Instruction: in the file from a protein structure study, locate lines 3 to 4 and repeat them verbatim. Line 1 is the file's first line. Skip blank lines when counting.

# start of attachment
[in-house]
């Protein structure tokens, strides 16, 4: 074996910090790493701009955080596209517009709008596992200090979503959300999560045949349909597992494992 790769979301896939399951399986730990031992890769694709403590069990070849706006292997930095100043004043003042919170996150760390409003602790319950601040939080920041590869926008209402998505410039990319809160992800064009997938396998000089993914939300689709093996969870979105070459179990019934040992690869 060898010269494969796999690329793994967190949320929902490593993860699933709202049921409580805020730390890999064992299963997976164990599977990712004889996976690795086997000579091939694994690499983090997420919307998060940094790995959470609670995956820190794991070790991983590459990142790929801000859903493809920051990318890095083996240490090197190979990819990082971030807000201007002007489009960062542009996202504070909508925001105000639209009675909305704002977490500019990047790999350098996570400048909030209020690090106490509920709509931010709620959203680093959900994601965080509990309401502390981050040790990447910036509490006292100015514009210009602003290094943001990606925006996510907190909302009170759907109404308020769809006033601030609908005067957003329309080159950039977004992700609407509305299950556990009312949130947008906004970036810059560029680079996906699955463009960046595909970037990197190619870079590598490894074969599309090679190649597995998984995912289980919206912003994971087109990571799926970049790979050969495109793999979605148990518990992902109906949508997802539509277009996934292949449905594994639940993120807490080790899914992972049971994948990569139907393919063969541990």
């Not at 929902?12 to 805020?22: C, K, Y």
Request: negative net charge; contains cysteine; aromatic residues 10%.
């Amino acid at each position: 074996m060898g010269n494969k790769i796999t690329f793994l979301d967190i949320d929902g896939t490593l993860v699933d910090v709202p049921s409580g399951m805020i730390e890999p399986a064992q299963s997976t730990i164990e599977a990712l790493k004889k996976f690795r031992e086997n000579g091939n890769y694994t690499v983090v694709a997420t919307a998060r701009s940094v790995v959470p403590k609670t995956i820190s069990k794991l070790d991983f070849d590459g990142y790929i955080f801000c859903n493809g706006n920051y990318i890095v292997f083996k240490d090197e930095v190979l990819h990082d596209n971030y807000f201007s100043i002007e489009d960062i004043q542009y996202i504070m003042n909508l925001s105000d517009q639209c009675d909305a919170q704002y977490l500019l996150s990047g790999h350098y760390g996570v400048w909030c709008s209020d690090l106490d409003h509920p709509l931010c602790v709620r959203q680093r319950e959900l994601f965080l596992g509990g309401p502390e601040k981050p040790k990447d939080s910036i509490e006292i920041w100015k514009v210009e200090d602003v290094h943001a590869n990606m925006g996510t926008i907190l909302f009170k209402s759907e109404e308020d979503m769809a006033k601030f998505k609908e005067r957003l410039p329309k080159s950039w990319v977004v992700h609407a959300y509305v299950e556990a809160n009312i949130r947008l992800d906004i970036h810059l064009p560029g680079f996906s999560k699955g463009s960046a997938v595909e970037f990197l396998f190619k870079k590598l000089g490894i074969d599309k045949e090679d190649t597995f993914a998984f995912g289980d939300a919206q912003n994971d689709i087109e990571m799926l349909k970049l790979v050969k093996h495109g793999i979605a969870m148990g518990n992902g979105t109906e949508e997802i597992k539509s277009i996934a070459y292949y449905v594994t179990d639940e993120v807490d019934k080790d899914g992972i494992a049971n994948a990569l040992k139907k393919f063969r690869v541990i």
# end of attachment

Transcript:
């Not at 929902?12 to 805020?22: C, K, Y």
Request: negative net charge; contains cysteine; aromatic residues 10%.